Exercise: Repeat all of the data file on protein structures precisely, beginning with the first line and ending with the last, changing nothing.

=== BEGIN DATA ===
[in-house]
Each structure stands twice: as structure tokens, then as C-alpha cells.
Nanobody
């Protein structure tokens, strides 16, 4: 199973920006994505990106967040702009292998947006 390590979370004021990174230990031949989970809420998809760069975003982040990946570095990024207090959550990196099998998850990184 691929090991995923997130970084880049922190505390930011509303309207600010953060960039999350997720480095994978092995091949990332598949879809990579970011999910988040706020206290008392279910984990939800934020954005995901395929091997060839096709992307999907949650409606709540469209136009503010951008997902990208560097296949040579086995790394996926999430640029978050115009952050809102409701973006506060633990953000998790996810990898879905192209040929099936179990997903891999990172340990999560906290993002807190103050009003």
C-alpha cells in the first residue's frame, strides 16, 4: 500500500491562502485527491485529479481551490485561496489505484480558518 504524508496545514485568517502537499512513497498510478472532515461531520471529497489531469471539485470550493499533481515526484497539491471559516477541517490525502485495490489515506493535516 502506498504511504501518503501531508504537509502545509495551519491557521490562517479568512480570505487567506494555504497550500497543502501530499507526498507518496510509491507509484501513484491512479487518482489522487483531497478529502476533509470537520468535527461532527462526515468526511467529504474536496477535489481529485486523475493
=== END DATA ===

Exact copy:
[in-house]
Each structure stands twice: as structure tokens, then as C-alpha cells.
Nanobody
């Protein structure tokens, strides 16, 4: 199973920006994505990106967040702009292998947006 390590979370004021990174230990031949989970809420998809760069975003982040990946570095990024207090959550990196099998998850990184 691929090991995923997130970084880049922190505390930011509303309207600010953060960039999350997720480095994978092995091949990332598949879809990579970011999910988040706020206290008392279910984990939800934020954005995901395929091997060839096709992307999907949650409606709540469209136009503010951008997902990208560097296949040579086995790394996926999430640029978050115009952050809102409701973006506060633990953000998790996810990898879905192209040929099936179990997903891999990172340990999560906290993002807190103050009003």
C-alpha cells in the first residue's frame, strides 16, 4: 500500500491562502485527491485529479481551490485561496489505484480558518 504524508496545514485568517502537499512513497498510478472532515461531520471529497489531469471539485470550493499533481515526484497539491471559516477541517490525502485495490489515506493535516 502506498504511504501518503501531508504537509502545509495551519491557521490562517479568512480570505487567506494555504497550500497543502501530499507526498507518496510509491507509484501513484491512479487518482489522487483531497478529502476533509470537520468535527461532527462526515468526511467529504474536496477535489481529485486523475493